The U.S. Supreme Court on Wednesday issued an opinion in a low-profile railroad benefits rights case likely to act as a harbinger for numerous future decisions due to the relatively unusual and decidedly novel partisan makeup of the justices.
Justice Sonia Sotomayor, writing for a 5-4 majority, decided the case in favor of former Union Pacific Railroad carpenter and assistant foreman Manfredo Salinas, a serially-disabled veteran of the nation’s railways who has suffered several serious on-the-job injuries since the ’80s. Despite his tenure and continued service, even after each spine-altering injury, Salinas was consistently denied benefits by the much-better-paid bureaucrats sitting atop the U.S. Railroad Retirement Board over the course of the past 30 years.
Joining the court’s furthest left justice in the decision was, in order of ideology, liberal Justice Stephen Breyer, centrist Justice Elena Kagan, center-right Chief Justice John Roberts, and conservative Justice Brett Kavanaugh.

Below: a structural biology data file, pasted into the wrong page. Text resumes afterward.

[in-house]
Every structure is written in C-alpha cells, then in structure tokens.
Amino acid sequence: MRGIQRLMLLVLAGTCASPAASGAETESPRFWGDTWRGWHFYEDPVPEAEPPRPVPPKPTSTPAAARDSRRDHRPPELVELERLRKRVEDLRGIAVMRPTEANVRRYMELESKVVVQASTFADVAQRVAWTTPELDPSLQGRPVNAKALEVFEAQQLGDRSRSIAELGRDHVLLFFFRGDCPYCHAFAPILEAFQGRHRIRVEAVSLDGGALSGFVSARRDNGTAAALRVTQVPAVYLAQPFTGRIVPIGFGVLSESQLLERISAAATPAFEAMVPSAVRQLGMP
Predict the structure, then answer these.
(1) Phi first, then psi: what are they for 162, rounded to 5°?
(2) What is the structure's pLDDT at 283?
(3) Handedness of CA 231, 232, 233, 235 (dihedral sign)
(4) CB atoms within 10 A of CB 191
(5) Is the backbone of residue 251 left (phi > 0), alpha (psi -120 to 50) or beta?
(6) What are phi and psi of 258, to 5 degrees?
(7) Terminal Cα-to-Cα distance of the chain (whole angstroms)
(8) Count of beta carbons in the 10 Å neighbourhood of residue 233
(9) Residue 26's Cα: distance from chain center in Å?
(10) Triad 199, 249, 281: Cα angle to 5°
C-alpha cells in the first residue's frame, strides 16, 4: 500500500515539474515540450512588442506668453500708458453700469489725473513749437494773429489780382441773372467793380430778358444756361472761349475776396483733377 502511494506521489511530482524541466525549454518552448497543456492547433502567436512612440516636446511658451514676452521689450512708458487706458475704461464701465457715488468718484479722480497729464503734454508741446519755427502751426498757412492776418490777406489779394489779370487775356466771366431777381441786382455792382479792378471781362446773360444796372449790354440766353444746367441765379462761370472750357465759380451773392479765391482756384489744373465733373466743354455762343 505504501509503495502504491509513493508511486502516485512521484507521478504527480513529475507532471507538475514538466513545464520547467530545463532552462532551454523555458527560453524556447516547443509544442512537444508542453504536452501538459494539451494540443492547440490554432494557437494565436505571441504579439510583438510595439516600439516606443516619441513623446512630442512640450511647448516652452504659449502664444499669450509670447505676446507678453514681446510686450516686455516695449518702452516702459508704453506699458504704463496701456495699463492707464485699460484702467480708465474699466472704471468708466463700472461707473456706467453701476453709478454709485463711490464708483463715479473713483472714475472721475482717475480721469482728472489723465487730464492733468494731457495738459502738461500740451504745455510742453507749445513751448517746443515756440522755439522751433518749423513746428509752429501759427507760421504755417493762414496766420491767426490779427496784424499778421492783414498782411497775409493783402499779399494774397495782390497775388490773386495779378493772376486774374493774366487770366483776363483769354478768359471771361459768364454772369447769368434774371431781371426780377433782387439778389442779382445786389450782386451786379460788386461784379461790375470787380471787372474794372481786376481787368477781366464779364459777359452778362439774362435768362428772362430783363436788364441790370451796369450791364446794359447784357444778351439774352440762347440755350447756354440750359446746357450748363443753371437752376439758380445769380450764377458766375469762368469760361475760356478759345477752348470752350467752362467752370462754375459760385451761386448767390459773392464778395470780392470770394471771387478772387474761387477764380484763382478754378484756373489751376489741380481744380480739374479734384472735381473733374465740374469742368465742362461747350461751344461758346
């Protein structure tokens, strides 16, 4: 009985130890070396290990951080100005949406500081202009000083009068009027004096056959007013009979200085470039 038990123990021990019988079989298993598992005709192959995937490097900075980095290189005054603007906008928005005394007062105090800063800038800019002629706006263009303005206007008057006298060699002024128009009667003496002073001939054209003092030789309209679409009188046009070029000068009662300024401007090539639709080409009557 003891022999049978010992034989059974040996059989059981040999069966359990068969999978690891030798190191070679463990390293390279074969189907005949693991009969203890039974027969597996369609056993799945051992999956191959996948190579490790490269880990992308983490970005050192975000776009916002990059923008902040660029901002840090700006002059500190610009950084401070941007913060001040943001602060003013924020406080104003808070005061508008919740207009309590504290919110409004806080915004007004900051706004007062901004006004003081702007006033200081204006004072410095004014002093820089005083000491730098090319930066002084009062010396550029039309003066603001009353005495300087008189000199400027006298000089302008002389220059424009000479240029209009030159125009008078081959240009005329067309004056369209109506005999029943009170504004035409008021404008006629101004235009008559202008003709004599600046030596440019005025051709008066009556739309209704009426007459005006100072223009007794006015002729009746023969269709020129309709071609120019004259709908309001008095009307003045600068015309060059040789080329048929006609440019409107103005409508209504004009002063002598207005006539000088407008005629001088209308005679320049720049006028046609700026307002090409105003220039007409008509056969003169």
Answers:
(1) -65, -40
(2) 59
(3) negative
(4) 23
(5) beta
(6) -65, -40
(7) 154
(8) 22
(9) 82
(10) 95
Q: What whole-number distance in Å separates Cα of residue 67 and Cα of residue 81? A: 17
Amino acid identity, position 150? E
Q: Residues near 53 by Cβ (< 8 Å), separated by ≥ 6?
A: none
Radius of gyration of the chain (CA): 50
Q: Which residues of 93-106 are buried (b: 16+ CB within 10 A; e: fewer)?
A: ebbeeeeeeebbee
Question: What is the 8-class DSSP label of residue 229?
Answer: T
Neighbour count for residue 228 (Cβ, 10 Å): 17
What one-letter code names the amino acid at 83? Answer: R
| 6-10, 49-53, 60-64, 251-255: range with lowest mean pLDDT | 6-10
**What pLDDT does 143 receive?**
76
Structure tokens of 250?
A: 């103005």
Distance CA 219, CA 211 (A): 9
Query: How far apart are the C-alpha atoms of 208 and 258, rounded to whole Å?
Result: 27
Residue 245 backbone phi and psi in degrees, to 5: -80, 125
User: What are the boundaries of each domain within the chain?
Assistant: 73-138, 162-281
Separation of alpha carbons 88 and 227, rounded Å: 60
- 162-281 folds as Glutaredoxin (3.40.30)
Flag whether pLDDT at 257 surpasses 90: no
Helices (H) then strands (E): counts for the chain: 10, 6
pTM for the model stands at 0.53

The dissent was authored by Justice Clarence Thomas and joined by fellow conservative Justices Samuel Alito, Neil Gorsuch, and Amy Coney Barrett. The ruling marks nascent Justice Barrett’s first recorded dissent in an opinion issued by the nation’s high court.
Stylized as Salinas v. U.S. Railroad Retirement Board, the somewhat limited majority opinion held that Salinas can petition a federal court to review the board’s prior denial of benefits based on language contained in two separate statutes: (1) the Railroad Retirement Act (RRA); and (2) the Railroad Unemployment Insurance Act (RUIA).
The majority determined that both statutes–though based in two separate laws–were necessary for understanding how to finally dispense with retirement and disability claims under the RRA because the RRA explicitly refers to the RUIA in a relevant section. Notably, the dissent all-but concedes that point as well.
The opinion notes the first half of decades-long adversity that Salinas has faced:
During his 15-year railroad career, he suffered two serious injuries on the job. In 1989, a co-worker dropped a sledge hammer from an overhead bridge, hitting Salinas on the top of his hardhat. Then, in 1993, a wooden railroad tie fell from a truck and struck Salinas in the head. As a result, Salinas underwent two spinal fusion surgeries. After receiving treatment, Salinas continued to experience pain, anxiety, and depression. He began seeking RRA disability benefits in 1992. His first two applications were denied, and he did not seek reconsideration of either.